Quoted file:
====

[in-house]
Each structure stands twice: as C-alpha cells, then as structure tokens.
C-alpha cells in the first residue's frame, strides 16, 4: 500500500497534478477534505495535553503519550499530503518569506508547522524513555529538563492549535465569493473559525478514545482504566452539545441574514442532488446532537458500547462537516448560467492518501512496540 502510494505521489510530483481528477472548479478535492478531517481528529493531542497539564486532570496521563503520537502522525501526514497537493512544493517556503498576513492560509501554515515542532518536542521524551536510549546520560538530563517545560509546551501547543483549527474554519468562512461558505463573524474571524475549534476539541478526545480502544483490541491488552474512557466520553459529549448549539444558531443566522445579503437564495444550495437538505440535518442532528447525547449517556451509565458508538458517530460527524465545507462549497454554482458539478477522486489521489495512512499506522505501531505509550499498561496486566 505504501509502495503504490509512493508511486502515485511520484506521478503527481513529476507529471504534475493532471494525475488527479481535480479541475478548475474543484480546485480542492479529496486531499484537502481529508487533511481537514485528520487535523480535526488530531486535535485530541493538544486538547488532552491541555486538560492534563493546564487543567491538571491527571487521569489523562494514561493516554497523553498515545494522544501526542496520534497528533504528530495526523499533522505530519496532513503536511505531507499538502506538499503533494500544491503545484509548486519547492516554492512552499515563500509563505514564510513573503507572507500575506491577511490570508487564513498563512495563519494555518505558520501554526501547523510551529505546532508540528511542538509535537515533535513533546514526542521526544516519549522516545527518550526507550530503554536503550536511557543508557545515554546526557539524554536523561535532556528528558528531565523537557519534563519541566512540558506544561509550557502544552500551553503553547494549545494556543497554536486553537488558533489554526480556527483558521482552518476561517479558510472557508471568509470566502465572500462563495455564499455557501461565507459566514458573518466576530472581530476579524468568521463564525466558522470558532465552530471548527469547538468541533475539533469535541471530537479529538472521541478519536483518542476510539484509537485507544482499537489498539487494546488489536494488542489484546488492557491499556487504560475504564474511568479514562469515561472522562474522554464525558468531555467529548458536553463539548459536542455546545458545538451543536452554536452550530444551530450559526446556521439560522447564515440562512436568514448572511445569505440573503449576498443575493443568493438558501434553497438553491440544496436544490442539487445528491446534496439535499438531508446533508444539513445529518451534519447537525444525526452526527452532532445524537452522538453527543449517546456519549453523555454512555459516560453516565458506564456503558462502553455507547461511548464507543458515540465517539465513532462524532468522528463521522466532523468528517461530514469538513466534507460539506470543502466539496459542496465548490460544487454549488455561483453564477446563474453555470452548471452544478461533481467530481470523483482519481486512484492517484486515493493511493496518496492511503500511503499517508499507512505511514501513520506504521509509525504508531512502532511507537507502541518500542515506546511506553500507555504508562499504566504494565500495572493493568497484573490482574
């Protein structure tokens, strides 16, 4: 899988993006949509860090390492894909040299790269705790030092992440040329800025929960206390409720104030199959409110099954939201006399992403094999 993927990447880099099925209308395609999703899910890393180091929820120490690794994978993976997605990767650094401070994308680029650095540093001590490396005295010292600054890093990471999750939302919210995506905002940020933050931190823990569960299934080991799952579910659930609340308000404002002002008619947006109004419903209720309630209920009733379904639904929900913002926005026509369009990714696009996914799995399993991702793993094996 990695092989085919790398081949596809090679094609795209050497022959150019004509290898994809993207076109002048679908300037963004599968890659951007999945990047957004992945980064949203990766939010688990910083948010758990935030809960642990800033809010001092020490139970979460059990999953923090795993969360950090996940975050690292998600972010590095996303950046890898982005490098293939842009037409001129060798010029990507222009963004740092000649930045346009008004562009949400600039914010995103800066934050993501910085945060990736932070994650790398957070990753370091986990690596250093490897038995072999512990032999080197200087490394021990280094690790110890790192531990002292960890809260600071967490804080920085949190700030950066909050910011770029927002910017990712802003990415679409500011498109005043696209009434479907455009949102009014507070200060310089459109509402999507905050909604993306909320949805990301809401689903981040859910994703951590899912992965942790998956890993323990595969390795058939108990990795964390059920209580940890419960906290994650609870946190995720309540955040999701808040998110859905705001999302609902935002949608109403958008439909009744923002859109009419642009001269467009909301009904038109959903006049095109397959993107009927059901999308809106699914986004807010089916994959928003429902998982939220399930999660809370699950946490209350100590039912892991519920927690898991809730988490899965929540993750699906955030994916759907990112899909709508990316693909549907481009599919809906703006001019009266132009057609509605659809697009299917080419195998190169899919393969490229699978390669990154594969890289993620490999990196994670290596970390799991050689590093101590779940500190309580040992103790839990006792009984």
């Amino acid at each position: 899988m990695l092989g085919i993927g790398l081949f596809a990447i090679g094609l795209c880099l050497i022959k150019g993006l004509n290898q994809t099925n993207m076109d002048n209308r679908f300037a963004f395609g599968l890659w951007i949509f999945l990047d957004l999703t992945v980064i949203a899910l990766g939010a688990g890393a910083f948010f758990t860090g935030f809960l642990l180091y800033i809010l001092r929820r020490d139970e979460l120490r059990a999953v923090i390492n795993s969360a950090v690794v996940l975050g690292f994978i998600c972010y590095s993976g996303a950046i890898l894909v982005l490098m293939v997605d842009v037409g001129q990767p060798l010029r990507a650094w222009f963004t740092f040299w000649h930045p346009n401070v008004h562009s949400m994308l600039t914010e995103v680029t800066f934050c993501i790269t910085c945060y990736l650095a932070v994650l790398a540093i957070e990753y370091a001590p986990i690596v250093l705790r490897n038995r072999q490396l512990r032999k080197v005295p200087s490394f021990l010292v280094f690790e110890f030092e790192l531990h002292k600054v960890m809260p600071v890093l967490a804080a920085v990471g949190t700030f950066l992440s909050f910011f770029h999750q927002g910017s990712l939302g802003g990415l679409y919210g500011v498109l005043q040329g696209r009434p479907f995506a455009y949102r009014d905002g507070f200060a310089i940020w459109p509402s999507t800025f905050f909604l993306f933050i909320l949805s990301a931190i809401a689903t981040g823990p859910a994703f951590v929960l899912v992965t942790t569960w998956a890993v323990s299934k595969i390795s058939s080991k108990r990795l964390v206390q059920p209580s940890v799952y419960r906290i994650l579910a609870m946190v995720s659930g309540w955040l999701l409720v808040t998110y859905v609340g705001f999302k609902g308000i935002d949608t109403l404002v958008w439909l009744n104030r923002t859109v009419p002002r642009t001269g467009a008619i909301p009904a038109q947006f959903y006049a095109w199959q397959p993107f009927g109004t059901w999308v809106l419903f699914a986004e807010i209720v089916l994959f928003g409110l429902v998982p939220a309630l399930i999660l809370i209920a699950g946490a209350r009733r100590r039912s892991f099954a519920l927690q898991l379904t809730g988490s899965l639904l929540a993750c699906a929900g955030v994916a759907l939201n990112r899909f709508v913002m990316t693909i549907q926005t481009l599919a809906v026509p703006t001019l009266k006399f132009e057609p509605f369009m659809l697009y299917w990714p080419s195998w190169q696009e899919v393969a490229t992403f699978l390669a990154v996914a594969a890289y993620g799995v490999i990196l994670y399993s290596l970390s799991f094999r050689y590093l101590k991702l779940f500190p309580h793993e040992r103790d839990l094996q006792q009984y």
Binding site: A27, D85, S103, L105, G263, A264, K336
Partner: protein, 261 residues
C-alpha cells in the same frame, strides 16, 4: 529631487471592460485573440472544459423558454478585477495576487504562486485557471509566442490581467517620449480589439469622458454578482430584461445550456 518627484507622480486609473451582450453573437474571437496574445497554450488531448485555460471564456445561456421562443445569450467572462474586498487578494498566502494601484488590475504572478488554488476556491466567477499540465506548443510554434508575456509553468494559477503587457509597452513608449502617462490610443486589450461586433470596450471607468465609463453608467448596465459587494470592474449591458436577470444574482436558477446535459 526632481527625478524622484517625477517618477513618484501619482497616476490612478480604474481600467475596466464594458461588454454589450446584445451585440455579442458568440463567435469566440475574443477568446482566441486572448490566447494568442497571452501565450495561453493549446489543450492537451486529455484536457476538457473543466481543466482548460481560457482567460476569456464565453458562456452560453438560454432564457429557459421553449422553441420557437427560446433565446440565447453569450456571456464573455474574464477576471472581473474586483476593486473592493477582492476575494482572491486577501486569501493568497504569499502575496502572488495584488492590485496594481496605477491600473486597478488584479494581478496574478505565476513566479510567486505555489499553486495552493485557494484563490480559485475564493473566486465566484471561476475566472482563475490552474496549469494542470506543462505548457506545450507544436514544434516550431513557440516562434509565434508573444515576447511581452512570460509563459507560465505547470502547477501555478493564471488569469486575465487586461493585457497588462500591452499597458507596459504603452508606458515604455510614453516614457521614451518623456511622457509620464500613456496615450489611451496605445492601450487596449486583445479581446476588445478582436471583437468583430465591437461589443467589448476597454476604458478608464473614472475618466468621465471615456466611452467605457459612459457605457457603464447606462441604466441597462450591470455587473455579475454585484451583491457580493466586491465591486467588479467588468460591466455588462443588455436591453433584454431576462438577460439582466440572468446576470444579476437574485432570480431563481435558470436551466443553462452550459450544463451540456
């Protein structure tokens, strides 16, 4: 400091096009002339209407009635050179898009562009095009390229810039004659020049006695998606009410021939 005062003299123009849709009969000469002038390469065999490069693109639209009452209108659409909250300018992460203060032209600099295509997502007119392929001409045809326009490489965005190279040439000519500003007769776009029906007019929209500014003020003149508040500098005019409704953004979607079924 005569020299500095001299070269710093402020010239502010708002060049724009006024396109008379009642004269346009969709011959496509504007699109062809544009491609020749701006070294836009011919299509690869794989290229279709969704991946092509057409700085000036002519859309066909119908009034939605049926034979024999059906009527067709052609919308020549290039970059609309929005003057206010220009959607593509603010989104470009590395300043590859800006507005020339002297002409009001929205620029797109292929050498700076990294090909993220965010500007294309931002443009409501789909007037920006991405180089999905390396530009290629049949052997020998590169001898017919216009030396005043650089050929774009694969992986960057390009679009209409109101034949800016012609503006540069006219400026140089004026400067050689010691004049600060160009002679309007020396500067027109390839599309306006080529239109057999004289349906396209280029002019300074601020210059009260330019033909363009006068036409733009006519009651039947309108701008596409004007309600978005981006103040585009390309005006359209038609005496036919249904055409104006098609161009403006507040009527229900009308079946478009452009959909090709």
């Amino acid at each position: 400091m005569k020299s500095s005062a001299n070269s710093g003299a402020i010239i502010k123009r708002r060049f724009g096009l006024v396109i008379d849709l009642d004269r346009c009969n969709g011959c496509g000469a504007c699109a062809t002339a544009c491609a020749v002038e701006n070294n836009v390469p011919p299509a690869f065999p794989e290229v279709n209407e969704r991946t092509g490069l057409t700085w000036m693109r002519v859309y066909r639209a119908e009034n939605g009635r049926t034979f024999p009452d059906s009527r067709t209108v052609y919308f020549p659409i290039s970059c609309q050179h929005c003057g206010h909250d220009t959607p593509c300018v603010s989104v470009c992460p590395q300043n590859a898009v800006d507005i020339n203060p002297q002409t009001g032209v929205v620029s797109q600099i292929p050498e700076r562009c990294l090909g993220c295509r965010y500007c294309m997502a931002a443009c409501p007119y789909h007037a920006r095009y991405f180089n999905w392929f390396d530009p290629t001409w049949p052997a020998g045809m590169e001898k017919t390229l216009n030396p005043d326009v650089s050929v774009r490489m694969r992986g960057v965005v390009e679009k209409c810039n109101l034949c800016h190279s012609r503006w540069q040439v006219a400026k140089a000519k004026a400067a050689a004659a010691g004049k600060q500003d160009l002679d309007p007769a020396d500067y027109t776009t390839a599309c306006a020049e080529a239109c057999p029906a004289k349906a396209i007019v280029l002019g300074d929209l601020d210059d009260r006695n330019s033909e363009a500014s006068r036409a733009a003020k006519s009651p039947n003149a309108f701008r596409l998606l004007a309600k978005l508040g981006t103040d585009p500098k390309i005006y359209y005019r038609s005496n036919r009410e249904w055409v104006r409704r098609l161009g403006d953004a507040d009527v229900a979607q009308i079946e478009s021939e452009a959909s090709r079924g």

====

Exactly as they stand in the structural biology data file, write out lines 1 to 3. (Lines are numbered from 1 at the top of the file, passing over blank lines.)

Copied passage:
[in-house]
Each structure stands twice: as C-alpha cells, then as structure tokens.
C-alpha cells in the first residue's frame, strides 16, 4: 500500500497534478477534505495535553503519550499530503518569506508547522524513555529538563492549535465569493473559525478514545482504566452539545441574514442532488446532537458500547462537516448560467492518501512496540 502510494505521489510530483481528477472548479478535492478531517481528529493531542497539564486532570496521563503520537502522525501526514497537493512544493517556503498576513492560509501554515515542532518536542521524551536510549546520560538530563517545560509546551501547543483549527474554519468562512461558505463573524474571524475549534476539541478526545480502544483490541491488552474512557466520553459529549448549539444558531443566522445579503437564495444550495437538505440535518442532528447525547449517556451509565458508538458517530460527524465545507462549497454554482458539478477522486489521489495512512499506522505501531505509550499498561496486566 505504501509502495503504490509512493508511486502515485511520484506521478503527481513529476507529471504534475493532471494525475488527479481535480479541475478548475474543484480546485480542492479529496486531499484537502481529508487533511481537514485528520487535523480535526488530531486535535485530541493538544486538547488532552491541555486538560492534563493546564487543567491538571491527571487521569489523562494514561493516554497523553498515545494522544501526542496520534497528533504528530495526523499533522505530519496532513503536511505531507499538502506538499503533494500544491503545484509548486519547492516554492512552499515563500509563505514564510513573503507572507500575506491577511490570508487564513498563512495563519494555518505558520501554526501547523510551529505546532508540528511542538509535537515533535513533546514526542521526544516519549522516545527518550526507550530503554536503550536511557543508557545515554546526557539524554536523561535532556528528558528531565523537557519534563519541566512540558506544561509550557502544552500551553503553547494549545494556543497554536486553537488558533489554526480556527483558521482552518476561517479558510472557508471568509470566502465572500462563495455564499455557501461565507459566514458573518466576530472581530476579524468568521463564525466558522470558532465552530471548527469547538468541533475539533469535541471530537479529538472521541478519536483518542476510539484509537485507544482499537489498539487494546488489536494488542489484546488492557491499556487504560475504564474511568479514562469515561472522562474522554464525558468531555467529548458536553463539548459536542455546545458545538451543536452554536452550530444551530450559526446556521439560522447564515440562512436568514448572511445569505440573503449576498443575493443568493438558501434553497438553491440544496436544490442539487445528491446534496439535499438531508446533508444539513445529518451534519447537525444525526452526527452532532445524537452522538453527543449517546456519549453523555454512555459516560453516565458506564456503558462502553455507547461511548464507543458515540465517539465513532462524532468522528463521522466532523468528517461530514469538513466534507460539506470543502466539496459542496465548490460544487454549488455561483453564477446563474453555470452548471452544478461533481467530481470523483482519481486512484492517484486515493493511493496518496492511503500511503499517508499507512505511514501513520506504521509509525504508531512502532511507537507502541518500542515506546511506553500507555504508562499504566504494565500495572493493568497484573490482574